Federalism and Environmental Regulation: A Public Choice Analysis
127 Pages Posted: 18 Dec 2001
This Article challenges the influential claim that primary responsibility for environmental regulation should be assigned to the federal government because public choice pathologies cause systematic underrepresentation of environmental interests at the state level. The Article first disputes the theoretical argument by advocates of federal regulation who claim that environmental groups are less disadvantaged at the federal level because of economies of scale in organization. The relevant question, instead, concerns the relative effectiveness of environmental and industry groups at the federal and state levels. The Article casts doubt on the plausibility of the conditions under which federal regulation systematically benefits environmental groups. More generally, the public choice account on which supporters of federal intervention rely views environmental regulation as the product of a clash between environmental interests seeking more stringent standards and industrial interests seeking less stringent standards. This account, however, has little explanatory power. More compelling public choice theories do not point in the direction of federal intervention.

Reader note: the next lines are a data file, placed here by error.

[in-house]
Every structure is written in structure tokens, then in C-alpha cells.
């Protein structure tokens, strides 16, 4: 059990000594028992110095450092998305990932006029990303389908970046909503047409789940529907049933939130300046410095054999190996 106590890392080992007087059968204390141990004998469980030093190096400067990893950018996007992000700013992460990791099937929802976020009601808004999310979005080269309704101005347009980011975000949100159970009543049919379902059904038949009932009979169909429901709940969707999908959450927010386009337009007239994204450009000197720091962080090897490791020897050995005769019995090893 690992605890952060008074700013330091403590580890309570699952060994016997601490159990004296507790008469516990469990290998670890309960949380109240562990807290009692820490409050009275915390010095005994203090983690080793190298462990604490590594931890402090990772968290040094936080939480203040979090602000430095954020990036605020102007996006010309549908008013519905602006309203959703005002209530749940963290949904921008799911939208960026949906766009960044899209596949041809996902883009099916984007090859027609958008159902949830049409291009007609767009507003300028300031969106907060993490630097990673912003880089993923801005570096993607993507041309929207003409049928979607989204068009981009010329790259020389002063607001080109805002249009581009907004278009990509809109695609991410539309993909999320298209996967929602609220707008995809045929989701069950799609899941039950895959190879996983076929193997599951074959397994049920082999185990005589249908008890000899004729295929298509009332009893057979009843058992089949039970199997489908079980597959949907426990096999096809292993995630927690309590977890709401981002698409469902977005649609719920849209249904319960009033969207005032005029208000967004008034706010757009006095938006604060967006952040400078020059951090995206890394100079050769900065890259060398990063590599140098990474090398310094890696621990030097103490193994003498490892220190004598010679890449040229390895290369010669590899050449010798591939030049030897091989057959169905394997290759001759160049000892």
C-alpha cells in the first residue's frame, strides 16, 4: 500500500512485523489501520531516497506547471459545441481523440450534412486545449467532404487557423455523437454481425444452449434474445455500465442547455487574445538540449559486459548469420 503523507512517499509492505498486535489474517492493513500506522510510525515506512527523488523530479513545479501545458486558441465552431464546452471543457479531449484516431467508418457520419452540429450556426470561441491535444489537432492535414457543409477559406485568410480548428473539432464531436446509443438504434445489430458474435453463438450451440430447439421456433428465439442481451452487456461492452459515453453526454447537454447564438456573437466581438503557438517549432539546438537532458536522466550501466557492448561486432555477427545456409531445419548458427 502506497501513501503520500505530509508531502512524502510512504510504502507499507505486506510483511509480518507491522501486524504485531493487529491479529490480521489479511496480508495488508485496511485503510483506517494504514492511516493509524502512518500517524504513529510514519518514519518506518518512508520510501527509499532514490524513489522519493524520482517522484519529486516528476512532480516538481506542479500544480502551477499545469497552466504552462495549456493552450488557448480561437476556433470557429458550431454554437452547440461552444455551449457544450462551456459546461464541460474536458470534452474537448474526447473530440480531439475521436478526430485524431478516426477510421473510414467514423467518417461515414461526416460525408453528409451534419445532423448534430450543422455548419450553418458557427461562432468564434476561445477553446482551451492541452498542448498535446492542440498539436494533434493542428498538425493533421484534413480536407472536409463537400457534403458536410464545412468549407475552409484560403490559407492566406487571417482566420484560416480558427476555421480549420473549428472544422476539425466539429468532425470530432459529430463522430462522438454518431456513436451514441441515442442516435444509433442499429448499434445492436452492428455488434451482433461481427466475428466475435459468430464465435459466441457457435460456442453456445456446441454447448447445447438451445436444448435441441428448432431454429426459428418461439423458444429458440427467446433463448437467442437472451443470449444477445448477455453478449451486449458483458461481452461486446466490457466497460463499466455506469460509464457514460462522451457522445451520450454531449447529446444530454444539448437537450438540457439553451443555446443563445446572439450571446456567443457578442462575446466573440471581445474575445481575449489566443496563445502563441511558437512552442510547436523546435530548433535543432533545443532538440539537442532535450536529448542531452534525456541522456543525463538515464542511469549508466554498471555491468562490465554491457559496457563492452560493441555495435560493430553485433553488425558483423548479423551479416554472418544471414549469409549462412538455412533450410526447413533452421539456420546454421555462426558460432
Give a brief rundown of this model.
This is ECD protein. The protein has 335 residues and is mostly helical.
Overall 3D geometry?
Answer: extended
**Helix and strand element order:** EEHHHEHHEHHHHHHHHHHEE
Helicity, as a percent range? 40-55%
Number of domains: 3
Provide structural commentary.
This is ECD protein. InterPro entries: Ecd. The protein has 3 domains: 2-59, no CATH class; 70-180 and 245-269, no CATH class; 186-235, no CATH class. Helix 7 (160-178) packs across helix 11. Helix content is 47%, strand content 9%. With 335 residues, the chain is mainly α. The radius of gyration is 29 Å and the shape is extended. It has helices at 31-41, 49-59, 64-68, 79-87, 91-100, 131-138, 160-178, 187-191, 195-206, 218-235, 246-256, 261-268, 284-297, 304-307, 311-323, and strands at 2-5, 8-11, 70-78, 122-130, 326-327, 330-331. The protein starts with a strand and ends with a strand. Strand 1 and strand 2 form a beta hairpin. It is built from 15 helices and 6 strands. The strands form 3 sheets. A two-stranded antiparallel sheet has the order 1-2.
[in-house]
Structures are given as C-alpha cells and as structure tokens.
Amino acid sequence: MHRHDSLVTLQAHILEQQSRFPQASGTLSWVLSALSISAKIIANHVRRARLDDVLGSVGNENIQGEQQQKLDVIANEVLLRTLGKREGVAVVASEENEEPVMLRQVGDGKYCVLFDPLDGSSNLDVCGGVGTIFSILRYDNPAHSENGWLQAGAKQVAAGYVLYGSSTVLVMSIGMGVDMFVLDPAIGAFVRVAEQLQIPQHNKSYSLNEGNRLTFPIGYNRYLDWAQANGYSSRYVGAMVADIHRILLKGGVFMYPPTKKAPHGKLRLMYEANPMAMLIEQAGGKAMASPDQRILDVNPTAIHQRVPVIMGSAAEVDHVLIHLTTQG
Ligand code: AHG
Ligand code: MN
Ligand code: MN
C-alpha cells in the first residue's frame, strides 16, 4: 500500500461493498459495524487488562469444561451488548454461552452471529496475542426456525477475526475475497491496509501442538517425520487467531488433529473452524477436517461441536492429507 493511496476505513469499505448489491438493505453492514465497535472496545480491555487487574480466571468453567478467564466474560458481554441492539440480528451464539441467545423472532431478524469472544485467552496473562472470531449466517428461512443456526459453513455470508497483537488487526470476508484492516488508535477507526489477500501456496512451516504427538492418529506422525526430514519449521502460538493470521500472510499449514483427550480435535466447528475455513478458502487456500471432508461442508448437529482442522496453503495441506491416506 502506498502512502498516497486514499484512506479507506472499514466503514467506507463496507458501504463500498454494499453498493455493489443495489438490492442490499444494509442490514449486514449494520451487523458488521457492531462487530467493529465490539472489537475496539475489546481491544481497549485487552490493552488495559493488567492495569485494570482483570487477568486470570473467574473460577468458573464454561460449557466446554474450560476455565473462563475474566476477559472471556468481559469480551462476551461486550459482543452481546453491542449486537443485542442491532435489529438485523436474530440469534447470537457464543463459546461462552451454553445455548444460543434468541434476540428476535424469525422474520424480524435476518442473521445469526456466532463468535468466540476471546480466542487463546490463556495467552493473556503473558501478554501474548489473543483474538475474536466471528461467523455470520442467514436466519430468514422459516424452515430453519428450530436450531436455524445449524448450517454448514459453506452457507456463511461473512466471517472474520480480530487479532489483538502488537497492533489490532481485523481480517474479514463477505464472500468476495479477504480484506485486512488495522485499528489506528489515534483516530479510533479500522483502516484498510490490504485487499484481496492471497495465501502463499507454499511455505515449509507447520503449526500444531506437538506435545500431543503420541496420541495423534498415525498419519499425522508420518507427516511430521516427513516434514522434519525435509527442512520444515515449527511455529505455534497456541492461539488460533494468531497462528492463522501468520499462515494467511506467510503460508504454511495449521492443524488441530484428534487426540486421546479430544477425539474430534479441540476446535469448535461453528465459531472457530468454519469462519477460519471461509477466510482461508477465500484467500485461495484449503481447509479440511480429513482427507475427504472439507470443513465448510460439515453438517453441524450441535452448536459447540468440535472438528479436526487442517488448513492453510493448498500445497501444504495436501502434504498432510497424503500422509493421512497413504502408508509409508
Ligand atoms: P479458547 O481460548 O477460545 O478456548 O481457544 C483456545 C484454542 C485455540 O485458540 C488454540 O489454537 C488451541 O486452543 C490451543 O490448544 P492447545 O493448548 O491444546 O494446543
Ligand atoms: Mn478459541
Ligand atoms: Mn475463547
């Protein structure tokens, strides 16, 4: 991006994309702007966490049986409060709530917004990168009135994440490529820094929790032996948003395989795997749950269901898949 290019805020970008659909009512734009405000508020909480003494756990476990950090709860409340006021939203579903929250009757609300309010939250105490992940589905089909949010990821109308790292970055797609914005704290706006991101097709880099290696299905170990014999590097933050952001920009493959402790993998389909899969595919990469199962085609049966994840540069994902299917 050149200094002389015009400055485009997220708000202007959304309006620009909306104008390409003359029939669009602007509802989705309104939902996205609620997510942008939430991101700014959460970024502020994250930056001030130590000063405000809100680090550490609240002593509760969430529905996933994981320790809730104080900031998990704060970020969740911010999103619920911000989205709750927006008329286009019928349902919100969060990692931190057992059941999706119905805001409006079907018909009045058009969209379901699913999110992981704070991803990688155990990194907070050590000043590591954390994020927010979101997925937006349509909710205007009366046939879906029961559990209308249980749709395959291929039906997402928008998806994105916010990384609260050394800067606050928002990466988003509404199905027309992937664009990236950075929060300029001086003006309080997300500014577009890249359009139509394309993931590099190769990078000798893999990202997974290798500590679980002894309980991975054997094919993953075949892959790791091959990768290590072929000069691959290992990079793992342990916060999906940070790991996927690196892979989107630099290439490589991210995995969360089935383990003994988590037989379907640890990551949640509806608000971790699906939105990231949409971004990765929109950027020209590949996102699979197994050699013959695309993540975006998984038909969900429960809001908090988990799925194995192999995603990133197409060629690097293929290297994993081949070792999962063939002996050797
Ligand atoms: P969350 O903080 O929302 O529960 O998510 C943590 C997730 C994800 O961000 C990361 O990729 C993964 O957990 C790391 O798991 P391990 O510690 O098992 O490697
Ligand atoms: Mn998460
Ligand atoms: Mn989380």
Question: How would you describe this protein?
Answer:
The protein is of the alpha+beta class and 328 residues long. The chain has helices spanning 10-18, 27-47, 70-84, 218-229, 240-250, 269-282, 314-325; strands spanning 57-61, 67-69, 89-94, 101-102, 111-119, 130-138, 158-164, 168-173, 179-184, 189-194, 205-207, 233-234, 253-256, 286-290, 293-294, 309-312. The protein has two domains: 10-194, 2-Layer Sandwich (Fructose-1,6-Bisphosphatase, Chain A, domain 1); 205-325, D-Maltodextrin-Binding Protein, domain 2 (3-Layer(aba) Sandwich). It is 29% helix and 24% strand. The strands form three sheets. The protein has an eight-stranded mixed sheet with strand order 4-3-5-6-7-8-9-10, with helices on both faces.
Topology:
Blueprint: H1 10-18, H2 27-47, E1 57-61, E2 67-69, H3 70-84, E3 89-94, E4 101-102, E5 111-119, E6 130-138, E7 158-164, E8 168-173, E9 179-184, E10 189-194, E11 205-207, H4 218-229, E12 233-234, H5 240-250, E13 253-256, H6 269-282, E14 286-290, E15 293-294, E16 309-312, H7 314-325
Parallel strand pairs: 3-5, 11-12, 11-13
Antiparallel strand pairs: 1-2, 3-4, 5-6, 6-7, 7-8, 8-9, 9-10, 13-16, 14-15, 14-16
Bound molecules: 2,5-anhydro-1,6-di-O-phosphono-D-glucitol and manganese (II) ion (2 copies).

Professor Revesz then musters empirical data to challenge the view that states are ineffective environmental regulators. He shows that before the era of extensive federal involvement, which began in 1970, states had in fact made great strides with respect to those air pollution problems that were reasonably well understood. Moreover, at present, states are undertaking significant environmental protection measures that go well beyond what the federal government requires. The Article attempts to explain why some states have taken the lead with respect to protective environmental measures, while the efforts of other states have lagged. By comparing the regulatory actions of the states with the voting records of their members in the U.S. House of Representatives, it suggests that the differences stem from different levels of preference for environmental protection rather than from public choice pathologies.
JEL Classification: K32
Suggested Citation: Suggested Citation